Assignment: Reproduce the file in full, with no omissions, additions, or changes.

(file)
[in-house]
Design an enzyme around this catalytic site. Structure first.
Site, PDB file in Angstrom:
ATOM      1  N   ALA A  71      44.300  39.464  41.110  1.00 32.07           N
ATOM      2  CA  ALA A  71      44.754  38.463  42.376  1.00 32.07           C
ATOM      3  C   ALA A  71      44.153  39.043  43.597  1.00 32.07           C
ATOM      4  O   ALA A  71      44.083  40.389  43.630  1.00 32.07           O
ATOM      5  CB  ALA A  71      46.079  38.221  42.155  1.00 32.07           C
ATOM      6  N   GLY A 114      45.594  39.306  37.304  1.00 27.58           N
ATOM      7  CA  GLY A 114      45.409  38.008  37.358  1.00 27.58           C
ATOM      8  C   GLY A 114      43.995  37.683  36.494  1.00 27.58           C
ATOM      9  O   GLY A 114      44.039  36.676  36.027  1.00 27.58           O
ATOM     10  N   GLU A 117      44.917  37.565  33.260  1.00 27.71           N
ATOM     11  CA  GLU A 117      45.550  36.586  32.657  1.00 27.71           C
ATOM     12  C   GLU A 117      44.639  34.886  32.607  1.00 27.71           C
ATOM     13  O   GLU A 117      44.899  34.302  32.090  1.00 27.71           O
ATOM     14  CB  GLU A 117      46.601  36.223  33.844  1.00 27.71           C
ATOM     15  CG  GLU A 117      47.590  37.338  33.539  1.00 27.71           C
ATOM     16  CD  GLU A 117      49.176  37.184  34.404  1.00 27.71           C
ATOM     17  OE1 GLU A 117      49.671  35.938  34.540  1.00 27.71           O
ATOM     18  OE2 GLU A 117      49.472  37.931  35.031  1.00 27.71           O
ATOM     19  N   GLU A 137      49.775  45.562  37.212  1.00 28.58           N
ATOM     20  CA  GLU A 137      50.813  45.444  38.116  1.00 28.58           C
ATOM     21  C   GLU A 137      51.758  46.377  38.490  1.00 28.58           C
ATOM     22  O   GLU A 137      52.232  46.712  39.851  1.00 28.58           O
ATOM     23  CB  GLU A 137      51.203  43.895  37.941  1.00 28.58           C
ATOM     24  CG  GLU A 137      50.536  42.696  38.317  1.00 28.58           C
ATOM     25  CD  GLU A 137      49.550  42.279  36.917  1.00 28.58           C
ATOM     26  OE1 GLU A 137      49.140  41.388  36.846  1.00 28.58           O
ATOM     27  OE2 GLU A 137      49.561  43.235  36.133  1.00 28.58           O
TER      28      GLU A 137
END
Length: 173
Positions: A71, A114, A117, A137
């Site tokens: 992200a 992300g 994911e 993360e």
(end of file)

[in-house]
Design an enzyme around this catalytic site. Structure first.
Site, PDB file in Angstrom:
ATOM      1  N   ALA A  71      44.300  39.464  41.110  1.00 32.07           N
ATOM      2  CA  ALA A  71      44.754  38.463  42.376  1.00 32.07           C
ATOM      3  C   ALA A  71      44.153  39.043  43.597  1.00 32.07           C
ATOM      4  O   ALA A  71      44.083  40.389  43.630  1.00 32.07           O
ATOM      5  CB  ALA A  71      46.079  38.221  42.155  1.00 32.07           C
ATOM      6  N   GLY A 114      45.594  39.306  37.304  1.00 27.58           N
ATOM      7  CA  GLY A 114      45.409  38.008  37.358  1.00 27.58           C
ATOM      8  C   GLY A 114      43.995  37.683  36.494  1.00 27.58           C
ATOM      9  O   GLY A 114      44.039  36.676  36.027  1.00 27.58           O
ATOM     10  N   GLU A 117      44.917  37.565  33.260  1.00 27.71           N
ATOM     11  CA  GLU A 117      45.550  36.586  32.657  1.00 27.71           C
ATOM     12  C   GLU A 117      44.639  34.886  32.607  1.00 27.71           C
ATOM     13  O   GLU A 117      44.899  34.302  32.090  1.00 27.71           O
ATOM     14  CB  GLU A 117      46.601  36.223  33.844  1.00 27.71           C
ATOM     15  CG  GLU A 117      47.590  37.338  33.539  1.00 27.71           C
ATOM     16  CD  GLU A 117      49.176  37.184  34.404  1.00 27.71           C
ATOM     17  OE1 GLU A 117      49.671  35.938  34.540  1.00 27.71           O
ATOM     18  OE2 GLU A 117      49.472  37.931  35.031  1.00 27.71           O
ATOM     19  N   GLU A 137      49.775  45.562  37.212  1.00 28.58           N
ATOM     20  CA  GLU A 137      50.813  45.444  38.116  1.00 28.58           C
ATOM     21  C   GLU A 137      51.758  46.377  38.490  1.00 28.58           C
ATOM     22  O   GLU A 137      52.232  46.712  39.851  1.00 28.58           O
ATOM     23  CB  GLU A 137      51.203  43.895  37.941  1.00 28.58           C
ATOM     24  CG  GLU A 137      50.536  42.696  38.317  1.00 28.58           C
ATOM     25  CD  GLU A 137      49.550  42.279  36.917  1.00 28.58           C
ATOM     26  OE1 GLU A 137      49.140  41.388  36.846  1.00 28.58           O
ATOM     27  OE2 GLU A 137      49.561  43.235  36.133  1.00 28.58           O
TER      28      GLU A 137
END
Length: 173
Positions: A71, A114, A117, A137
């Site tokens: 992200a 992300g 994911e 993360e």